Our plane touched down at Rome's Leonardo da Vinci airport on a rainy, grey day. It looked as if someone had replaced the whole city with a blurry black-and-white photograph of itself. Somehow it was no less beautiful and enchanting for it. Once out of the plane and in the airport, we both began to grin from excitement and because we could actually semi understand what was being said on the announcement speakers or what was written on signs. We have gotten accustomed to living in Japan where neither of these are true so when we can give our subconscious a break from the constant uncertainty of words we cannot help but notice it. We progressed through the expected travel formalities of passport check, baggage claim, and customs clearance before meeting our driver who led us through a maze of people, escalators, moving walkways, and parking garage concrete before arriving at his thankfully roomy van.
The man drove at a furious, frustration driven, clutch punishing, whiplash inducing pace that made my New York honed road rage look like elementary school nap time by comparison! I believe Jason had the urge to kiss the ground when we finally arrived miraculously safely at our hotel near Piazza del Popolo an hour and a half later. There was no thought of a tip and that probably fueled his next drive - I hope I never meet those people.
We knew our hotel room would not be ready so a quick change of shoes and stowage of bags at the front desk later we were off on our first walking adventure in Rome to the USO. We had arranged all of our tours through the USO at the suggestion of my best friend and wanted to meet the team that had helped us along the way. I do not know that we absorbed much on this walk except cold rain water due to jetlag but I do remember thinking it was a beautiful shopping street that crossed a wide bend in the Tiber on our way back when I was much dryer and had had lunch. It never ceases to amaze me just how small the world is and I somehow am frequently reminded of this on adventures when I bump into friends, colleagues, fellow college alumni, or other folks I have met along my treks. There in the USO, not four hours after arriving halfway around the world and over two years since I had last seen him stood a chief I had worked with at my last unit in Washington, DC! I called his name, he looked at me puzzled for a heart beat then came over with his wife and parents to give me a "what are the odds" hug. We left there to check into the hotel, nap, then do some general site seeing.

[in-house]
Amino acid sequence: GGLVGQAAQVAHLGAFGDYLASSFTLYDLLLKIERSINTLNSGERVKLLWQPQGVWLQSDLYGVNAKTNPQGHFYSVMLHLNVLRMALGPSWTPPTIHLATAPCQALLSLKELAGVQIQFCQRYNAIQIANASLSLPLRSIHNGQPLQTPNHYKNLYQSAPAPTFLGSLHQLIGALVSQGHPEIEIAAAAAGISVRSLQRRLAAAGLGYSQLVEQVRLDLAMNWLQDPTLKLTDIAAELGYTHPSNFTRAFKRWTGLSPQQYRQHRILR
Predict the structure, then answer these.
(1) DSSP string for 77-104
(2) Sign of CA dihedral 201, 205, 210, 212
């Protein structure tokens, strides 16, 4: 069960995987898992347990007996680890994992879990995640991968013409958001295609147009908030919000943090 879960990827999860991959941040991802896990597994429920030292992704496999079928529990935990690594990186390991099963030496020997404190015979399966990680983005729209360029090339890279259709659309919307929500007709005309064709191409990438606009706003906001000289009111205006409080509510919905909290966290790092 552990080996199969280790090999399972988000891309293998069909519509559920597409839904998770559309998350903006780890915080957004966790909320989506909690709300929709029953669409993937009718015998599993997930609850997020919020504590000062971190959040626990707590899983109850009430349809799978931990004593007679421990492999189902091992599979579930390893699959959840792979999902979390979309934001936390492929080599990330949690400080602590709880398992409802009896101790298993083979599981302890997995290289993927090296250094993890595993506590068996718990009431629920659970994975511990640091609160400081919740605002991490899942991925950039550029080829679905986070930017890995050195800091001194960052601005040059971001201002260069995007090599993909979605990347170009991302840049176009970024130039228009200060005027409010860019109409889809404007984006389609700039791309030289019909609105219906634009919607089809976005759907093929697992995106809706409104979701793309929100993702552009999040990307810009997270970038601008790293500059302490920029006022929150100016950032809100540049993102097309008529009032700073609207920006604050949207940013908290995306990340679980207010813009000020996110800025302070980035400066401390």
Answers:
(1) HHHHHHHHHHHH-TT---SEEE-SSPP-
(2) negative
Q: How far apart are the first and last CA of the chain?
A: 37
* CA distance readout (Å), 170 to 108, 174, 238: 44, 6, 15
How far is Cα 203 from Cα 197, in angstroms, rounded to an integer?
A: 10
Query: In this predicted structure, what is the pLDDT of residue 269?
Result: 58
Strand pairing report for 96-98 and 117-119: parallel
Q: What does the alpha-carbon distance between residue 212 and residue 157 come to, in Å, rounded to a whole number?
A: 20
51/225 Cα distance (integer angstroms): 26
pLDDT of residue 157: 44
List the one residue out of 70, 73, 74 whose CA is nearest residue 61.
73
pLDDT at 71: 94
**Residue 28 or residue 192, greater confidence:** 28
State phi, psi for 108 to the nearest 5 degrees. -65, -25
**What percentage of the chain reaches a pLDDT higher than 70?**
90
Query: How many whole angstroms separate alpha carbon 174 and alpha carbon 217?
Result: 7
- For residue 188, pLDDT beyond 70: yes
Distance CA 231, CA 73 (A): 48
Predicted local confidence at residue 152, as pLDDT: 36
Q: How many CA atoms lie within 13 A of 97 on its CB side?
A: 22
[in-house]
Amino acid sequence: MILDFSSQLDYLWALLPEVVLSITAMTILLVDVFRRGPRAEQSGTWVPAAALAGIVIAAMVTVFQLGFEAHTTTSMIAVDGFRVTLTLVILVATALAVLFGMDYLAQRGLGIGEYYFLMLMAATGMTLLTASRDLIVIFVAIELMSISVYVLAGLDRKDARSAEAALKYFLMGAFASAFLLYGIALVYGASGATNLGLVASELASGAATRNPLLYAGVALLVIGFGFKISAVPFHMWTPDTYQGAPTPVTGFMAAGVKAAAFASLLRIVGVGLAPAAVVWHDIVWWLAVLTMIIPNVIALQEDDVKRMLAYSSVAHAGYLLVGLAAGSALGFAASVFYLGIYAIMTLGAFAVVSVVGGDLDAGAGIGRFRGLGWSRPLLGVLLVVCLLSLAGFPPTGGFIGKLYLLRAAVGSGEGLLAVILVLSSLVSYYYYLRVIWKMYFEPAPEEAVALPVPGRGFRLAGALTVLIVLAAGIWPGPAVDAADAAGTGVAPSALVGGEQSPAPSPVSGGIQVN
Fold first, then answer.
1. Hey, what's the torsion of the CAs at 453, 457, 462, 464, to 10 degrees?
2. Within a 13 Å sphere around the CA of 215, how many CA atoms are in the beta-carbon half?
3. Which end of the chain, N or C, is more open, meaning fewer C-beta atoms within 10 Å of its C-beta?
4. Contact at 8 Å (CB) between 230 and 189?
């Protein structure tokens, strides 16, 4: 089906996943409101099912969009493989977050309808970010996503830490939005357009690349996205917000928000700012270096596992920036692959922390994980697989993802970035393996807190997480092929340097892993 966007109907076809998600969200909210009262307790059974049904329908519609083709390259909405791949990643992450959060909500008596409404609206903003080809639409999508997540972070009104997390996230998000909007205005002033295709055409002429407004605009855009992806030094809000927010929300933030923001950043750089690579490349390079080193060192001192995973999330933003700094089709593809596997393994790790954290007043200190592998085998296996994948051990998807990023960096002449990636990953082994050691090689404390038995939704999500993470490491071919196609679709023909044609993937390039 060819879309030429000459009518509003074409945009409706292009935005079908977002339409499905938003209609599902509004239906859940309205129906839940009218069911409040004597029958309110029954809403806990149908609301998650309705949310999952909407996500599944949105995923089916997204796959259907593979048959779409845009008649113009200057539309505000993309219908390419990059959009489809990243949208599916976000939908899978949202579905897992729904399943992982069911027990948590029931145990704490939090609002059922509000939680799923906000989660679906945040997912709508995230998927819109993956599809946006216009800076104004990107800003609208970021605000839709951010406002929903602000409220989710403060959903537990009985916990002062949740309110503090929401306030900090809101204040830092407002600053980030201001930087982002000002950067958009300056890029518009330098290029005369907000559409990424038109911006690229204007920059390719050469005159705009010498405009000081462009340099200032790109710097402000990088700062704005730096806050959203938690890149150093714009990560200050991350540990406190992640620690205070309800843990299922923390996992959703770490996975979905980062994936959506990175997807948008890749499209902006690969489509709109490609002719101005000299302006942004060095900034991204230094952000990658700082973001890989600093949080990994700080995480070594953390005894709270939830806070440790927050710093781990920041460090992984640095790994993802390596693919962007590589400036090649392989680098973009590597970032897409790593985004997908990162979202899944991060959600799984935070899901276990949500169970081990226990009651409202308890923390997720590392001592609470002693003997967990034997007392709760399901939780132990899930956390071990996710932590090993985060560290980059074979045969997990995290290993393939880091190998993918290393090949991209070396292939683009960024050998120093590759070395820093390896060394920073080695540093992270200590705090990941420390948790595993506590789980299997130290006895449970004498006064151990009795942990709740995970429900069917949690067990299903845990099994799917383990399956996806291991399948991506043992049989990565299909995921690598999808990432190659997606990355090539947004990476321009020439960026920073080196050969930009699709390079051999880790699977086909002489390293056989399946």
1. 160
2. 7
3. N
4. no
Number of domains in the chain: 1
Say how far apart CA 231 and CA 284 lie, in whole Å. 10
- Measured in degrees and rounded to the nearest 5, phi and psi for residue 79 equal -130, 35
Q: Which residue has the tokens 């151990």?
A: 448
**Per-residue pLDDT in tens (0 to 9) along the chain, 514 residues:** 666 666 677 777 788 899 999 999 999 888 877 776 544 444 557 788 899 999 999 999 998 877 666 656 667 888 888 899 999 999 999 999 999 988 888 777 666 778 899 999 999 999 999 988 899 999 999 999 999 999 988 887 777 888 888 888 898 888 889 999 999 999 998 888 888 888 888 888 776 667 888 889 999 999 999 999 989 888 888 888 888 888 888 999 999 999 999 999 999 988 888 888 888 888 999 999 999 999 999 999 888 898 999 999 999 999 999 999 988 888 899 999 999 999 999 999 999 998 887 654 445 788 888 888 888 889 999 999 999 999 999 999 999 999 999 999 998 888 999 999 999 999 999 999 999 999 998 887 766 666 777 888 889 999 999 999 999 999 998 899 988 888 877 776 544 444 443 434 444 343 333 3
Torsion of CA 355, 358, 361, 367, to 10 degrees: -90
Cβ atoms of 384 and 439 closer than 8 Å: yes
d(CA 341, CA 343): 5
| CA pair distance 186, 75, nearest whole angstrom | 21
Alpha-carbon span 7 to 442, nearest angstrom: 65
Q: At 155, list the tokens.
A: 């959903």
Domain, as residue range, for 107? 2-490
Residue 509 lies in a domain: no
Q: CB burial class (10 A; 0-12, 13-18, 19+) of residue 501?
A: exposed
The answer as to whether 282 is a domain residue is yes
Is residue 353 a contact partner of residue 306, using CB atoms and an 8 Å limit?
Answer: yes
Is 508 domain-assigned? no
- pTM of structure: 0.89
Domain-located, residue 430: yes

Seeing my former colleague was a highlight of day one and a great way to start our adventure. The next day, after some much needed sleep, we woke up early to see the Roman Forum, Palatine Hill, and Colosseum. Our tour guide was an archeologist who had studied all over the world, including the Great Pyramids, and was an incredible wealth of knowledge. It was only us and one other couple so we could take our time, ask questions, and did not have to jockey for a position close to the guide to hear him.
We got up pretty early the next day for our Early Entry Vatican Museum, Sistine Chapel and St. Peter's Basilica tour. Our tour guide for this hurried three hour adventure was an art historian who talked nonstop to our group of 20 or so people. She was very knowledgeable and pointed out some of the more eccentric pieces in the museum as well as the well knowns. We marveled at the Sistine Chapel for a solid half hour before moving on to the cavernous St. Peter's Basilica. On the way there, she mentioned that you could take a stairwell or elevator all the way to the top of the dome of the basilica after the official tour ended for 20 Euro. She failed to mention a few important details though: it was cash only...and there is no ATM within the security limits...and the souvenir shop does not give cash back. So, after some attempted negotiations with one of only two extremely rude Italians we encountered in Rome, we begrudgingly left the dome for another day (managed to make it on the second to last day of the trip) and determined for the first time on this trip that we would have to come back to Rome one day to spend more time lingering at certain sites.